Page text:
Debby Curreen held nothing back when she launched her collection of 37 poems, The Long Cold Nights of June, at Te Ahu in Kaitaia last week.
And her poems, and her description of the emotions that followed the suicide of her brother George 13 years and 1 day earlier, made a real connection with many in her audience.
Ms Curreen said no one had ever imagined that George would take his own life. He had been the "tough guy" of the family, and when the police knocked on the door she couldn't imagine why they were there. Perhaps, she thought, they were lost.
Even when she formally identified her brother's body she tried to tell the police they were mistaken. Then she began to scream.
"We need people to see what it is like when someone takes their own life," she said on Friday.
"There is no celebration of the person's life after suicide. People need to see what it does to everyone who is left behind ... Whatever makes them think that (suicide) is alright? A good idea?"
In her grief and despair Ms Curreen "wrote and wrote and wrote," stories, letters to her brother, her father and God.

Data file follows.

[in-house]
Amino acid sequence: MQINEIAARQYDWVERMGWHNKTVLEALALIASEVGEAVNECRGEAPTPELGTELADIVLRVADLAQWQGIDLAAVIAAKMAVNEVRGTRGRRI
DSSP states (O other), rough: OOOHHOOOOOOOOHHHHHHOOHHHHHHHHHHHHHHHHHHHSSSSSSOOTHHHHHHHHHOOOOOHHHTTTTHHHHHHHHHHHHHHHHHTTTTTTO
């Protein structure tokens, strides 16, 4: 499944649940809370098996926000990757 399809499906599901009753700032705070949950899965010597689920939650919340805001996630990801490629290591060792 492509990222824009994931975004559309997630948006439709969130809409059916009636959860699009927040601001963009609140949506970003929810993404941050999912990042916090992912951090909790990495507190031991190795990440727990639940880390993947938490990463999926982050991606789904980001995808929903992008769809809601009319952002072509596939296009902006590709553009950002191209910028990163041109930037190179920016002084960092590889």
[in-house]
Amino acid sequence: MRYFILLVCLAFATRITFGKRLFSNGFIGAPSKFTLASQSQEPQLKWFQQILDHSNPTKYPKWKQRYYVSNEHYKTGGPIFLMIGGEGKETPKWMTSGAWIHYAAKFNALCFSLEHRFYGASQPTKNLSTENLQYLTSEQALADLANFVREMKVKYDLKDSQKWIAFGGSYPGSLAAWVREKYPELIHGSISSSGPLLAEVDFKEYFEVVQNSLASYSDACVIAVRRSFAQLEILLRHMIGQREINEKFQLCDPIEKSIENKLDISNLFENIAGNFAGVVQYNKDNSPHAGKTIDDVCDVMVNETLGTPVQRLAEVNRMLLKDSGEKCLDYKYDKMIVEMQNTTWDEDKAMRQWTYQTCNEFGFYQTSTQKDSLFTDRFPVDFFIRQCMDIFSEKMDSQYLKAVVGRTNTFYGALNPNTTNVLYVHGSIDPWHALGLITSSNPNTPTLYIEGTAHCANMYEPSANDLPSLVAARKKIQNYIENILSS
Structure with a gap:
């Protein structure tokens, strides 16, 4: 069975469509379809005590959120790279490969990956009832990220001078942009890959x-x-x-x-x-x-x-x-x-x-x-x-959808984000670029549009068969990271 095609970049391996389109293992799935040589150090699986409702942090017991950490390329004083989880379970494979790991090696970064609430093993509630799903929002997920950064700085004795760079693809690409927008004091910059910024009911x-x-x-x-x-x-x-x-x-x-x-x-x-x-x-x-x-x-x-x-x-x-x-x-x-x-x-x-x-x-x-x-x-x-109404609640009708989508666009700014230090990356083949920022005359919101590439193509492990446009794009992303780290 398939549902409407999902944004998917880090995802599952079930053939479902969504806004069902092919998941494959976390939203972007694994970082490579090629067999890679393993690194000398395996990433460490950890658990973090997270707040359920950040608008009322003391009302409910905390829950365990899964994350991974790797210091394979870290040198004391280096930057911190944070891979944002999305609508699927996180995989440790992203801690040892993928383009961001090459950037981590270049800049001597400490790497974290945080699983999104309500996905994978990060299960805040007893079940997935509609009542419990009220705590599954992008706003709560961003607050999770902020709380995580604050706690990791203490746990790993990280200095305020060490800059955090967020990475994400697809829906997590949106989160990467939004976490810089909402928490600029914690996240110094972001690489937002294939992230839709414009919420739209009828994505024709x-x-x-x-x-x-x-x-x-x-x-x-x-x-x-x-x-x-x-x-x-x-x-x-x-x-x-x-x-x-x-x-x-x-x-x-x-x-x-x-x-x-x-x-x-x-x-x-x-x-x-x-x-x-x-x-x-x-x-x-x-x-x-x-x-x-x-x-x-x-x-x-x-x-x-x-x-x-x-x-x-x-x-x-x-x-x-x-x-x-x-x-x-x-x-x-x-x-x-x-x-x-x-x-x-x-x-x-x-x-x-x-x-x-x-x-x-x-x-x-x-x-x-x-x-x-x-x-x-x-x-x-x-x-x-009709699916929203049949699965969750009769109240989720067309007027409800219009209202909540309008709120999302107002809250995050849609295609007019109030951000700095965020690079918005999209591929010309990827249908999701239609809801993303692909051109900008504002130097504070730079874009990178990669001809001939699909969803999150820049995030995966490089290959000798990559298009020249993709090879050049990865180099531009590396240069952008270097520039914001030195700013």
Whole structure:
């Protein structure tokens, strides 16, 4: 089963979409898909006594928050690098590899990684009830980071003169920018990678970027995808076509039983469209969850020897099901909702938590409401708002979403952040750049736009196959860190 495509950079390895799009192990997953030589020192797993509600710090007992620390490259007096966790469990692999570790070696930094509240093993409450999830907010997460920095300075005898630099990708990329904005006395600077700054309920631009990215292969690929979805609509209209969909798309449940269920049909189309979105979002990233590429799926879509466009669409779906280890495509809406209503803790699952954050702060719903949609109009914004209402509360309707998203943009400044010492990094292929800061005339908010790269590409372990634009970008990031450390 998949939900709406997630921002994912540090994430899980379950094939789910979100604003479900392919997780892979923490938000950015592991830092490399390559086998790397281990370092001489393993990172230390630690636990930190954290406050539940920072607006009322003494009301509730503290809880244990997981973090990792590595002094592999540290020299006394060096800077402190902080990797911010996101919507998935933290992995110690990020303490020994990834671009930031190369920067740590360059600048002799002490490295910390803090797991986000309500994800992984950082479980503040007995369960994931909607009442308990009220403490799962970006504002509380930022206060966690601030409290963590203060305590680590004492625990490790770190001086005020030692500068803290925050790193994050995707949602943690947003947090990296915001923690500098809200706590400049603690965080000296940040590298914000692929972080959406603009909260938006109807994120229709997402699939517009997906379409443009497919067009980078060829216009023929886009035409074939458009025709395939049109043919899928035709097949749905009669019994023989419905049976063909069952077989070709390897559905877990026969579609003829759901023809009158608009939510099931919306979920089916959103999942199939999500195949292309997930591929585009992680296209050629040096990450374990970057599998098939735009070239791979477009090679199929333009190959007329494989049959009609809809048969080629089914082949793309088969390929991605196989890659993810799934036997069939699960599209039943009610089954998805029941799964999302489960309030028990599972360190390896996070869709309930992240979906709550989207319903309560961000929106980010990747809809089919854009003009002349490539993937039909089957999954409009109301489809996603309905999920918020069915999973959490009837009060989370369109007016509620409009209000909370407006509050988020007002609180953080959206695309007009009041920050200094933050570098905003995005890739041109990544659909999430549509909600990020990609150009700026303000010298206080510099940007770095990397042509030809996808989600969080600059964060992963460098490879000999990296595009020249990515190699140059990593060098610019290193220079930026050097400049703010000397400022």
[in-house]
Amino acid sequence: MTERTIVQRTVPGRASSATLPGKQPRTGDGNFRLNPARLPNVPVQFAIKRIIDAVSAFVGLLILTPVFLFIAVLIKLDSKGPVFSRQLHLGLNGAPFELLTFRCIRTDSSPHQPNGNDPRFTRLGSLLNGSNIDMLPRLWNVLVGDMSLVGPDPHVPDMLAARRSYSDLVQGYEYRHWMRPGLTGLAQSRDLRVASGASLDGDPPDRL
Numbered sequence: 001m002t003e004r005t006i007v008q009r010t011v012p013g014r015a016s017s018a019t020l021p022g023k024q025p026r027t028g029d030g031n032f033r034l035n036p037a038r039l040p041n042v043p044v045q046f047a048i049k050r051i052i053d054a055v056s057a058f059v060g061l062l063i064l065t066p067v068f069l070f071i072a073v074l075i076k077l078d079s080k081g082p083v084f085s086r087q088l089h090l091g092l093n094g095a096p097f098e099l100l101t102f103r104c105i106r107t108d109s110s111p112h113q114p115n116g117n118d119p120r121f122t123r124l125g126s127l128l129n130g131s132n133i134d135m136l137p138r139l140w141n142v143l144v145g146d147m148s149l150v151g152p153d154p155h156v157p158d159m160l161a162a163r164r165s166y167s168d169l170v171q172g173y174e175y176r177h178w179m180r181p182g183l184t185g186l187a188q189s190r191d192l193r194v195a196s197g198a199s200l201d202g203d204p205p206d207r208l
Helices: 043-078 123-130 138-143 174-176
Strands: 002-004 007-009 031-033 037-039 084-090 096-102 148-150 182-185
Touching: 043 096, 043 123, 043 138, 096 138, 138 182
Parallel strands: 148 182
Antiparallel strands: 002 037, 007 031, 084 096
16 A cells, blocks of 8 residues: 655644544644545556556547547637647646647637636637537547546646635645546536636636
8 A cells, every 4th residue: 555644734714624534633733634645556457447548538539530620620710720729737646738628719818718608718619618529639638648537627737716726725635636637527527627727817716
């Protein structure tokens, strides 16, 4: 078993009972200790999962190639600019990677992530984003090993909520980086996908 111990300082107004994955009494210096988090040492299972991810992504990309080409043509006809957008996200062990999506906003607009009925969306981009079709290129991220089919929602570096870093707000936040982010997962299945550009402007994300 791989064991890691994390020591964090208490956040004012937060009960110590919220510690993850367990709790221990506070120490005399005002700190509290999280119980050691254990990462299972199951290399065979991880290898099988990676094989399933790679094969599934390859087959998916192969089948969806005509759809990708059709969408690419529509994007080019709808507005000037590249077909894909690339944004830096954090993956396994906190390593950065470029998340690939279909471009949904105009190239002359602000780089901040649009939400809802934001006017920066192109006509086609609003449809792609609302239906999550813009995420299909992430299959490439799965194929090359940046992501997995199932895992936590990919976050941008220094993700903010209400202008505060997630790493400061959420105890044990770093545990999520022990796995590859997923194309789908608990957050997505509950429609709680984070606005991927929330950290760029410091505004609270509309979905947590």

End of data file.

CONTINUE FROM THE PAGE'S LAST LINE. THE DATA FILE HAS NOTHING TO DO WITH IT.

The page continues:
She also began walking George's dogs, most enjoyably on Taipa Beach, walking, praying and writing poems in her head as she did so.
Last week she spoke of death and denial, of progressing from anger and despair to hope and acceptance, a special type of grieving process that followed suicide.
It had taken weeks after George's death for her to find the strength to take her children to the school bus and to kindergarten, she said. It had all seemed too hard.
Some of the poems she composed on the beach are in her book, and the few she read on Friday clearly resonated with those who listened. She was thanked by some for expressing her emotions so eloquently, and praised by others for her courage.
The Long Cold Nights of June is available from the author, firstname.lastname@example.org, and at the Little Kitchen Cafe in Mangonui, for $20.